Unlike mutual funds, which have a single net asset value (NAV) per day, determined after trading for the day closes, ETFs trade on exchanges and their value can fluctuate all the time during trading hours. ETFs, however, invest only in stocks comprising an index. For example, a Nifty ETF will invest in the 50 stocks comprising the Nifty.
Financial planners are increasingly recommending ETFs to investors who have long-term goals and want to invest in equity without taking too much risk. This is reflected in average assets under management in the retail ETF category, which have risen from Rs 59 crore in March 2009 to Rs 394 crore in March 2012, according to the Association of Mutual Funds in India.
However, equity ETF volumes, unlike those of gold ETFs, are still very small compared to the mutual fund industry's total assets. "ETFs became popular with gold ETFs, even though gold ETFs came later than equity ETFs," says Lakshmi Iyer, Head, Products and Fixed Income, Kotak Mutual Fund.
The proportion in which an ETF allocates money in different stocks is often the same as individual stocks' weight in the index. But again, this may not always be the case.
An investor can buy or sell ETFs on the exchange without approaching the fund house. Such trades attract a brokerage. Unlike a regular mutual fund, where investors can buy a fraction of the unit, ETFs are available in multiples of one only. Big investors can directly approach the fund house for sale or purchase if the lot size is big and the units are not available in the market. The lot size is determined by the fund house. Usually, it is more than Rs 15 to 20 lakh.
ETFs have a NAV, too - the price of each unit at the end of the day. But as ETFs trade in real time, funds provide an indicative NAV, or iNAV. ETF prices depend on demand and supply on exchanges. "When there is more demand than the units on sale, the market price may be 25-50 basis points more than the iNAV. If there are more sellers than buyers, the price may be 25-50 basis points less," says Rajnish Rastogi, Senior Fund Manager and co-head, equities, Motilal Oswal AMC.
Thus iNAV may be different from the market price. So, there is a possibility of arbitrage. However, institutional or big investors move in fast to plug any price difference, putting small investors at a disadvantage. An investor can buy on an exchange and sell to an asset management company (AMC), or sell on an exchange after buying from an AMC to gain from arbitrage.
Though ETFs are gaining in popularity, they face liquidity issues. Unlike in the case of a regular mutual fund, AMCs do not deal directly with small investors. If there is not much liquidity in a product you want to buy or sell, you can ask the AMC to give you details of the authorised participant or the market maker who gives buy/sell quotes. A market maker is a broker-dealer firm that accepts the risk of holding particular securities to facilitate trading.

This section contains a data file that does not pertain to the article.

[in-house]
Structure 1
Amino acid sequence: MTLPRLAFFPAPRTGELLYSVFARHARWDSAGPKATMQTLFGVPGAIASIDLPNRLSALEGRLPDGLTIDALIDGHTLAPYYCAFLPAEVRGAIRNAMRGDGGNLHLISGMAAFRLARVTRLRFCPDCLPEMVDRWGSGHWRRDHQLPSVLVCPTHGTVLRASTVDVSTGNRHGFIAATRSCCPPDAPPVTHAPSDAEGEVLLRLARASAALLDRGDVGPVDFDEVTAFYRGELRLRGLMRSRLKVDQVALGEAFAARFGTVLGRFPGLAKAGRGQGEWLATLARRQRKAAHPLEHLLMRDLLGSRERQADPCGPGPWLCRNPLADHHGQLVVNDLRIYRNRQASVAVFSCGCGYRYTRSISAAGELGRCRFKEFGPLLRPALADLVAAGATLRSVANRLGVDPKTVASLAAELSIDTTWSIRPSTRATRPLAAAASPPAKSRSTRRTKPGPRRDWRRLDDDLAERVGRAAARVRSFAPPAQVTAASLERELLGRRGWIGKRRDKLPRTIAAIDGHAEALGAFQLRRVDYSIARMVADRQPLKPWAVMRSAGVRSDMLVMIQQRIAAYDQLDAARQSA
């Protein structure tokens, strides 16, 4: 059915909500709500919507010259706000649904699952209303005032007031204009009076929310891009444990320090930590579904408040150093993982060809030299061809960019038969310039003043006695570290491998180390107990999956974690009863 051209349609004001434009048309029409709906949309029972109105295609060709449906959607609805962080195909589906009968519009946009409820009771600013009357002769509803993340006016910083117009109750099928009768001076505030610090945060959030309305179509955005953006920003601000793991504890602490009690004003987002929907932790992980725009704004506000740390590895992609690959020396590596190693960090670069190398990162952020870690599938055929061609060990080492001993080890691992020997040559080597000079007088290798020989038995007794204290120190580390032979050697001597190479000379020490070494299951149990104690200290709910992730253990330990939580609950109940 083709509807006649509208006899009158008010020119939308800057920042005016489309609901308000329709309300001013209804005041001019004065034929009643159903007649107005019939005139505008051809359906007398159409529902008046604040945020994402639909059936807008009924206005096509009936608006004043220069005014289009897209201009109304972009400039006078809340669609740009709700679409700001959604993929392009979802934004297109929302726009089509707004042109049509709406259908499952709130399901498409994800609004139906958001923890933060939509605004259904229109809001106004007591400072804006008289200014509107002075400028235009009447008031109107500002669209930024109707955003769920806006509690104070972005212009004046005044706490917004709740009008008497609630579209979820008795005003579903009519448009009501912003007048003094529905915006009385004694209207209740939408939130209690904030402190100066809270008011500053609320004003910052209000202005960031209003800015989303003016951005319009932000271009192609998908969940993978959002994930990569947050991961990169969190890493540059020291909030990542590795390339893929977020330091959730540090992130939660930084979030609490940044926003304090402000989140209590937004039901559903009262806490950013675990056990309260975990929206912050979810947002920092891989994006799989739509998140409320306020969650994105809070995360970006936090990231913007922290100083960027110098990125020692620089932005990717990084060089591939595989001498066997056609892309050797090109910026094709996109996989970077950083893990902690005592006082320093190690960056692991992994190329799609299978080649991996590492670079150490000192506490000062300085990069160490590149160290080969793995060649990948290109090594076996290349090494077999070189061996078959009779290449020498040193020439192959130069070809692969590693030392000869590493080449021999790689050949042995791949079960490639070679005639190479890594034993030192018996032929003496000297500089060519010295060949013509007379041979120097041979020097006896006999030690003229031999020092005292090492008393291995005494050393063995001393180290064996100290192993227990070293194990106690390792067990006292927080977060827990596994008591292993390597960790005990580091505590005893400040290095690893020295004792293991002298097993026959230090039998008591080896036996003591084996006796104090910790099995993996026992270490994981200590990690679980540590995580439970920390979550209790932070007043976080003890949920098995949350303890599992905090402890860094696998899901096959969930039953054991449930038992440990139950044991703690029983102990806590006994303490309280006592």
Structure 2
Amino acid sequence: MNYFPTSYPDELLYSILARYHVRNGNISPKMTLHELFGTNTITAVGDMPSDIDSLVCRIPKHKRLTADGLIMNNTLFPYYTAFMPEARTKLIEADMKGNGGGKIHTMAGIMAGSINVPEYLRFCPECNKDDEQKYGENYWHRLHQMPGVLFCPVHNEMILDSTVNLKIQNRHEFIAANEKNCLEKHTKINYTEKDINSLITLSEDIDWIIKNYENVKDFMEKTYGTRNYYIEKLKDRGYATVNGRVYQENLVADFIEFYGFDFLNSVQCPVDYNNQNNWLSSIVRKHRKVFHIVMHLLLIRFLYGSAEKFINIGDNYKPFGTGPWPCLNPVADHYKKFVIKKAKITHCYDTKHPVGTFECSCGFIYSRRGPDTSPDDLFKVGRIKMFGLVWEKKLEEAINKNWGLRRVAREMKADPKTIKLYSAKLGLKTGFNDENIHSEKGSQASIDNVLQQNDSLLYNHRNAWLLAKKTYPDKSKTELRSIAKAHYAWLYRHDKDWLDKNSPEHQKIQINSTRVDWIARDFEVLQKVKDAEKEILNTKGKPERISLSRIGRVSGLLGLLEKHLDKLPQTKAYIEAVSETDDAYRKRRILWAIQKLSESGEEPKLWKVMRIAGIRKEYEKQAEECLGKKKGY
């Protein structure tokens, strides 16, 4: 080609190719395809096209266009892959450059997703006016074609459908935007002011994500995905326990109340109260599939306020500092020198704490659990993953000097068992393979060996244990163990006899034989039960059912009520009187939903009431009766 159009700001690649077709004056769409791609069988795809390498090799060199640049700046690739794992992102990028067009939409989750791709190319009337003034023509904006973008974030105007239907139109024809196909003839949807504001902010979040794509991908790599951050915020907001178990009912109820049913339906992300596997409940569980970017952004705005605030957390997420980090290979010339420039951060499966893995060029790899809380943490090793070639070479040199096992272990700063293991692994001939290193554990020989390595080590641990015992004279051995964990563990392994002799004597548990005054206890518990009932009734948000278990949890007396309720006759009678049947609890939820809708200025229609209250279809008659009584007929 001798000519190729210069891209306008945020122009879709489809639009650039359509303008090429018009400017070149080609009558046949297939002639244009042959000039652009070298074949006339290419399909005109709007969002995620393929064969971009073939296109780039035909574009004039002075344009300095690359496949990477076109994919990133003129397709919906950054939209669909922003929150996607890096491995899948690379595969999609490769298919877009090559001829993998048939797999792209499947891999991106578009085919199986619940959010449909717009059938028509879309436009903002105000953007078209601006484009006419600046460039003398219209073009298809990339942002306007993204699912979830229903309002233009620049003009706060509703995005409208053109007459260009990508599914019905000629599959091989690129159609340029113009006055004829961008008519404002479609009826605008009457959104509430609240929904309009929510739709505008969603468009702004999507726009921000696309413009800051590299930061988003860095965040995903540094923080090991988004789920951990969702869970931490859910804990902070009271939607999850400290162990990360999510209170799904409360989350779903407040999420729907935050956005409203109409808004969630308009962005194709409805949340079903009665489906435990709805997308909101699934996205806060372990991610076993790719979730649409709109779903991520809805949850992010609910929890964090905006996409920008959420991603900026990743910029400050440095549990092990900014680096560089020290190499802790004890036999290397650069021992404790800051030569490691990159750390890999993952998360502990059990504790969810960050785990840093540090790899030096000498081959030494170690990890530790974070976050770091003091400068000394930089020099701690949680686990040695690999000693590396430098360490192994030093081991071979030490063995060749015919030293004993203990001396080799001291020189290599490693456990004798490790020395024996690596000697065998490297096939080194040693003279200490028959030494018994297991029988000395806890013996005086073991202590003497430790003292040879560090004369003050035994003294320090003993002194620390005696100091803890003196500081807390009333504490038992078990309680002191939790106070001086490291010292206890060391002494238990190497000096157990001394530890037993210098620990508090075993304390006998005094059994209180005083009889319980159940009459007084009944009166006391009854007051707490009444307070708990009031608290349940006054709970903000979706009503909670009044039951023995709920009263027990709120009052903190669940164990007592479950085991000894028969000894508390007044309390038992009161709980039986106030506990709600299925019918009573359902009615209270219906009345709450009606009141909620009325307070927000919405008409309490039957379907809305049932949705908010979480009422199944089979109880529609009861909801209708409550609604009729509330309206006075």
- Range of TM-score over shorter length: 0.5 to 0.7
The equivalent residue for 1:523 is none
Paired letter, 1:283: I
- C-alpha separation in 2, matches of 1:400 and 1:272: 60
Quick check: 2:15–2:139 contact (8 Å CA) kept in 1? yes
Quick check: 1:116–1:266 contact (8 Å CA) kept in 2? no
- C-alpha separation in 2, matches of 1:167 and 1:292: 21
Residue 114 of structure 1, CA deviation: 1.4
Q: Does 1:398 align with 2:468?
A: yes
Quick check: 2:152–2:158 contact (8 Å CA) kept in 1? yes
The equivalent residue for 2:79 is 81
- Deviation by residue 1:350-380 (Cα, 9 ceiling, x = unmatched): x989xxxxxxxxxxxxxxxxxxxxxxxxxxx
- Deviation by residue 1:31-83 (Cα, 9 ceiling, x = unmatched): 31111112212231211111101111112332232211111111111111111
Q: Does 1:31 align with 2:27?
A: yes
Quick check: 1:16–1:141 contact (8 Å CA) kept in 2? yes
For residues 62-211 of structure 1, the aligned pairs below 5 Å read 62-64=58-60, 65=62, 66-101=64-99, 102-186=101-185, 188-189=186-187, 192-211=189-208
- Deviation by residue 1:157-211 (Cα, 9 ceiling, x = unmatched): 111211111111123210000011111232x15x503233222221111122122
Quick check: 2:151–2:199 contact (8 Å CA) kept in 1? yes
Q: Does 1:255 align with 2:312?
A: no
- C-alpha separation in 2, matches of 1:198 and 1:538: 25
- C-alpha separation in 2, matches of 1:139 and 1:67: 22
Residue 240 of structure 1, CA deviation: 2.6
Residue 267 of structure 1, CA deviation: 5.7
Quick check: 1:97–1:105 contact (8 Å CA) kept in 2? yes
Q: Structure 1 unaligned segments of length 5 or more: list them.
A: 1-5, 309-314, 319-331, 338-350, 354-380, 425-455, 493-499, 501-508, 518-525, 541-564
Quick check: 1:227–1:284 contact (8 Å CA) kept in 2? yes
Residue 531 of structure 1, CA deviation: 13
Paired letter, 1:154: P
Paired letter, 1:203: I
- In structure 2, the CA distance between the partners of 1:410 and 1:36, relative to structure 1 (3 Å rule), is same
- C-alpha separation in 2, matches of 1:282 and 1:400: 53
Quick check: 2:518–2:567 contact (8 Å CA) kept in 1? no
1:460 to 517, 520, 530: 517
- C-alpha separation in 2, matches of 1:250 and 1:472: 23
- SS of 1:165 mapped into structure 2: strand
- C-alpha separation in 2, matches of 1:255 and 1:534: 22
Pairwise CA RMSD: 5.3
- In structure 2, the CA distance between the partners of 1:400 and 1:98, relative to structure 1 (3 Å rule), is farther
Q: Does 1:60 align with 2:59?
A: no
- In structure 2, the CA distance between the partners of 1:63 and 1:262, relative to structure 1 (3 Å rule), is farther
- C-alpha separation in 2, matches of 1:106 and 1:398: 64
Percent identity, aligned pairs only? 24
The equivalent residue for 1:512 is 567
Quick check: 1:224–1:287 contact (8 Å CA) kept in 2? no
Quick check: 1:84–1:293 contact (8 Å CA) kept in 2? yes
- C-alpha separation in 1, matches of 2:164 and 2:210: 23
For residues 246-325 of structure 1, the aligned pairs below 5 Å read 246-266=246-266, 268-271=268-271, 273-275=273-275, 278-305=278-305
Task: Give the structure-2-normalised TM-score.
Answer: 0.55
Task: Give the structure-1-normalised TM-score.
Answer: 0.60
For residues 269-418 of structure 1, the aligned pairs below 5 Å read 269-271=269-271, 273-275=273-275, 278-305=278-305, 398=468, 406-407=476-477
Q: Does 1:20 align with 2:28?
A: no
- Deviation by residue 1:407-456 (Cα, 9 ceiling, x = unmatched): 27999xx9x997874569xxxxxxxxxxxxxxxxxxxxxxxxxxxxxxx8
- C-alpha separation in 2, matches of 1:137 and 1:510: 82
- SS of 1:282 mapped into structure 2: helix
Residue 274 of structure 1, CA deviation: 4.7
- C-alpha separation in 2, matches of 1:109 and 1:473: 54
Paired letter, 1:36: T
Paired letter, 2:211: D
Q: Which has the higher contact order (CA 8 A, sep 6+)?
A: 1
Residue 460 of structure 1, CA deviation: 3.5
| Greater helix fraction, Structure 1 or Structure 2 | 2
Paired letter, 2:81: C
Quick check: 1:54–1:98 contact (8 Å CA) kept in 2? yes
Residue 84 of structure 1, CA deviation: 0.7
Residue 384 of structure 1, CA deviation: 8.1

In such a case, there are chances that the quote offered may be less than the market price. So, one must negotiate hard. The market maker accumulates units from retail investors and after acquring a sizeable amount sells to a fund house. "Recently, we found that an ETF which our client wanted to buy was not available in the market in the required quantity. He had to pay a three per cent premium to the market price to acquire it," says a financial planner. However, some fund houses take steps to protect investors' interest. "For three of the ETFs we have launched, in case the market price is at a discount of more than three per cent over a period, we open the ETF for direct redemption by retail investors in multiples of one unit.
This protects retail investors," says Rastogi of Motilal Oswal. This means if the market price of an ETF is at a discount to its iNAV by over three per cent, you can directly contact the AMC for redemption rather than go to the market maker.
Comparing ETFs to mutual funds is like comparing stocks to mutual funds. Every investment is different. One of the main advantages of investing in an index ETF is that you can sell and buy at real time prices rather than wait for the closing of the day to determine the price. Also, one can get access to the equity market but with limited risk. Moreover, the risk of the fund manager's discretion is eliminated.
Courtesy: Money Today